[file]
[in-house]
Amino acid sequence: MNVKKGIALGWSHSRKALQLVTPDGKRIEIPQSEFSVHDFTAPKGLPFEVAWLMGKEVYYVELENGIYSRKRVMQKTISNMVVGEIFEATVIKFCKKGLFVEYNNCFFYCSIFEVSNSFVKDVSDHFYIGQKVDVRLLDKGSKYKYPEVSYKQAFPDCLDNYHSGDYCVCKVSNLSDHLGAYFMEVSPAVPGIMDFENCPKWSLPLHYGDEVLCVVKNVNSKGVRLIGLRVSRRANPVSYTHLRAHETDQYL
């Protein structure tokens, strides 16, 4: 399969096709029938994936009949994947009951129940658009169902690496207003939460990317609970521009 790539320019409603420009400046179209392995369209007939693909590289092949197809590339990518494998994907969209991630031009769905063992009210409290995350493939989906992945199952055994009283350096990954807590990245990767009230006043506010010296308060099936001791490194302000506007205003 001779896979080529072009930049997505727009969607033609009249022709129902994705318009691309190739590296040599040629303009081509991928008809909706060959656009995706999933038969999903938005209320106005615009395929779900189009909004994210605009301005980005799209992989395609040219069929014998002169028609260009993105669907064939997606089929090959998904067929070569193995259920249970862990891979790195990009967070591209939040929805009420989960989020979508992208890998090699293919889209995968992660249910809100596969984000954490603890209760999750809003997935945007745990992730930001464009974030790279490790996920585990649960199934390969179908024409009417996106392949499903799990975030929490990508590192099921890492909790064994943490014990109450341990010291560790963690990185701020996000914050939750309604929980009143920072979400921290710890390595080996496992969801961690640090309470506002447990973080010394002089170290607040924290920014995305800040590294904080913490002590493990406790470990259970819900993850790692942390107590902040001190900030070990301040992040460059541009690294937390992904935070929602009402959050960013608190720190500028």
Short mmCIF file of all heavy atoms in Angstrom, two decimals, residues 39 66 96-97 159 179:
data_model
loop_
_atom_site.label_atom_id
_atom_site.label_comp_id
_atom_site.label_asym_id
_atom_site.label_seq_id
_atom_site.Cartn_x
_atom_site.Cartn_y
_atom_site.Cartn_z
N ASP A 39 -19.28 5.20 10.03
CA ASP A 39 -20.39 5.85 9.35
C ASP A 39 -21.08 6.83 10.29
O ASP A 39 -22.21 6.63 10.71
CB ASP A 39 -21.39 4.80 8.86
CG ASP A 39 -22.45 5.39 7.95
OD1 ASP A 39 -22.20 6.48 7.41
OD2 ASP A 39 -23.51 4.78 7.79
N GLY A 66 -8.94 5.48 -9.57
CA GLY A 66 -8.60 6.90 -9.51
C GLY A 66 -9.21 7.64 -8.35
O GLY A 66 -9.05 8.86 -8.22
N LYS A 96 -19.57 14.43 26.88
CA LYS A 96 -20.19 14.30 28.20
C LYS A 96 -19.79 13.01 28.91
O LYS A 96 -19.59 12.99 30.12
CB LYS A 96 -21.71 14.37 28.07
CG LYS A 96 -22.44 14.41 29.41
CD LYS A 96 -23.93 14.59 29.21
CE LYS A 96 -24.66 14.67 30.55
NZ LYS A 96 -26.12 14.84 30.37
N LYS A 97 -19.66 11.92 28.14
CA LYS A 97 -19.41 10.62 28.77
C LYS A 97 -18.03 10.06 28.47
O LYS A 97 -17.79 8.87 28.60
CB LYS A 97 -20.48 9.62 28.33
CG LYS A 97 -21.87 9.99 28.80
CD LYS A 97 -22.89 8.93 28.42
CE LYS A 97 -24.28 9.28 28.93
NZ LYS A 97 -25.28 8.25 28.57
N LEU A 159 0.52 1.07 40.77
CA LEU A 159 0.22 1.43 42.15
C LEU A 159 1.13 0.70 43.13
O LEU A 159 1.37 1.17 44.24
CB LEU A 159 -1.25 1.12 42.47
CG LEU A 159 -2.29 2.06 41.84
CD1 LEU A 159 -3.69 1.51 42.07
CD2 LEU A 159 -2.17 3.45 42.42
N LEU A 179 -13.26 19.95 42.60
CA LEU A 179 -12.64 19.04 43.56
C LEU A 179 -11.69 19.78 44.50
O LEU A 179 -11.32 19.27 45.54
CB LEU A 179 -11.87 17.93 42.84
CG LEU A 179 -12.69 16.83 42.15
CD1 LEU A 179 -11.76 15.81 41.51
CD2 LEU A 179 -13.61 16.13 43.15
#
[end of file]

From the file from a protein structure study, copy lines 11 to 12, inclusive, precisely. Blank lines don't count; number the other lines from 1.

_atom_site.Cartn_x
_atom_site.Cartn_y